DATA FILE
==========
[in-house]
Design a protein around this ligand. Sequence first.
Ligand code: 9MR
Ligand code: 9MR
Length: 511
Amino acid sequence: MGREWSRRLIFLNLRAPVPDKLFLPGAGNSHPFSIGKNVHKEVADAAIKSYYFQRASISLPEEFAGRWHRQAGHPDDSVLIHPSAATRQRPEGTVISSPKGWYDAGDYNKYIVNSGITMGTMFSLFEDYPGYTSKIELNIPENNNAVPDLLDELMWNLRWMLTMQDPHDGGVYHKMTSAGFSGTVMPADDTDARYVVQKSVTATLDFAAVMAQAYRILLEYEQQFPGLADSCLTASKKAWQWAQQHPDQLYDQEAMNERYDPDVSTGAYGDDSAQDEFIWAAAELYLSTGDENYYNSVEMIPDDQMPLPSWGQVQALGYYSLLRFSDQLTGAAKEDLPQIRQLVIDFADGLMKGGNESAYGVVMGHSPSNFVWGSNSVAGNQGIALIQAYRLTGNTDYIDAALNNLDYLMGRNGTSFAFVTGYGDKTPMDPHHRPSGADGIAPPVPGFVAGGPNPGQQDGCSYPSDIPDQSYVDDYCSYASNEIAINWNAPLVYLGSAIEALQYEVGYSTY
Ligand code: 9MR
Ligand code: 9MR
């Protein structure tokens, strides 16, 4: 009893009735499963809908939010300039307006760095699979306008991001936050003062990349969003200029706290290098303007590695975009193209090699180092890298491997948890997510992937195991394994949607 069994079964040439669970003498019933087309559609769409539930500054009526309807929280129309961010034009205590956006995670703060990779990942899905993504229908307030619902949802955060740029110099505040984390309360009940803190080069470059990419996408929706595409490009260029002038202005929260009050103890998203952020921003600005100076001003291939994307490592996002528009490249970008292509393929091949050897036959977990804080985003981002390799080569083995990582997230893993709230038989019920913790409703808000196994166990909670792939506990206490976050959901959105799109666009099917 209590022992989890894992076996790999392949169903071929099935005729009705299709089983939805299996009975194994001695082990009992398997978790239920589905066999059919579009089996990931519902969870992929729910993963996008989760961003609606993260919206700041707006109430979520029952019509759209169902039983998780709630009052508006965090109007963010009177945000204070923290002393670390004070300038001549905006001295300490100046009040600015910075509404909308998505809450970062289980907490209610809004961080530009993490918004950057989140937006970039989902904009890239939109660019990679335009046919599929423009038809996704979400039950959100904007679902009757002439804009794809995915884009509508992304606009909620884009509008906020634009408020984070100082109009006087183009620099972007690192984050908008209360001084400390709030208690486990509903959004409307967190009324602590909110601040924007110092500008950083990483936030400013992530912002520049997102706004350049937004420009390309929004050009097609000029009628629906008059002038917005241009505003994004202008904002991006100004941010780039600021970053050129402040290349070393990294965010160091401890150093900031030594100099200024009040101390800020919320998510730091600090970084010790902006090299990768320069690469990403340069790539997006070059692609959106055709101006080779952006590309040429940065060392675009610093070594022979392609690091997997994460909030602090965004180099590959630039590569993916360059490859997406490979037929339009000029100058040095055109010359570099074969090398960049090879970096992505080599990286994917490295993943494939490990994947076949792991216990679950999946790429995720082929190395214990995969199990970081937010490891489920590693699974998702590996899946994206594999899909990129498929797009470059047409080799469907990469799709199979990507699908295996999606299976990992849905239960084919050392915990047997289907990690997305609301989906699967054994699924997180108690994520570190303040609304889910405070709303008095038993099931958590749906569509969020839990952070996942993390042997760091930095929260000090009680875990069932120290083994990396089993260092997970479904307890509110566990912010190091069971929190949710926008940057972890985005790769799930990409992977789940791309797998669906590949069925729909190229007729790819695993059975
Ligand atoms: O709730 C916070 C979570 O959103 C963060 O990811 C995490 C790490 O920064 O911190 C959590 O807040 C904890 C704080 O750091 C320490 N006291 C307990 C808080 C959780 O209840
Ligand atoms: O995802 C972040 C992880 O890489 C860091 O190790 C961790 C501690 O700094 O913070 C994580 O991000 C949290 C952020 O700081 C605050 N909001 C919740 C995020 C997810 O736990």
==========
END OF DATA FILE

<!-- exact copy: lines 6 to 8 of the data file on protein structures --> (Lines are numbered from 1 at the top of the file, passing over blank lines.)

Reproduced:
Amino acid sequence: MGREWSRRLIFLNLRAPVPDKLFLPGAGNSHPFSIGKNVHKEVADAAIKSYYFQRASISLPEEFAGRWHRQAGHPDDSVLIHPSAATRQRPEGTVISSPKGWYDAGDYNKYIVNSGITMGTMFSLFEDYPGYTSKIELNIPENNNAVPDLLDELMWNLRWMLTMQDPHDGGVYHKMTSAGFSGTVMPADDTDARYVVQKSVTATLDFAAVMAQAYRILLEYEQQFPGLADSCLTASKKAWQWAQQHPDQLYDQEAMNERYDPDVSTGAYGDDSAQDEFIWAAAELYLSTGDENYYNSVEMIPDDQMPLPSWGQVQALGYYSLLRFSDQLTGAAKEDLPQIRQLVIDFADGLMKGGNESAYGVVMGHSPSNFVWGSNSVAGNQGIALIQAYRLTGNTDYIDAALNNLDYLMGRNGTSFAFVTGYGDKTPMDPHHRPSGADGIAPPVPGFVAGGPNPGQQDGCSYPSDIPDQSYVDDYCSYASNEIAINWNAPLVYLGSAIEALQYEVGYSTY
Ligand code: 9MR
Ligand code: 9MR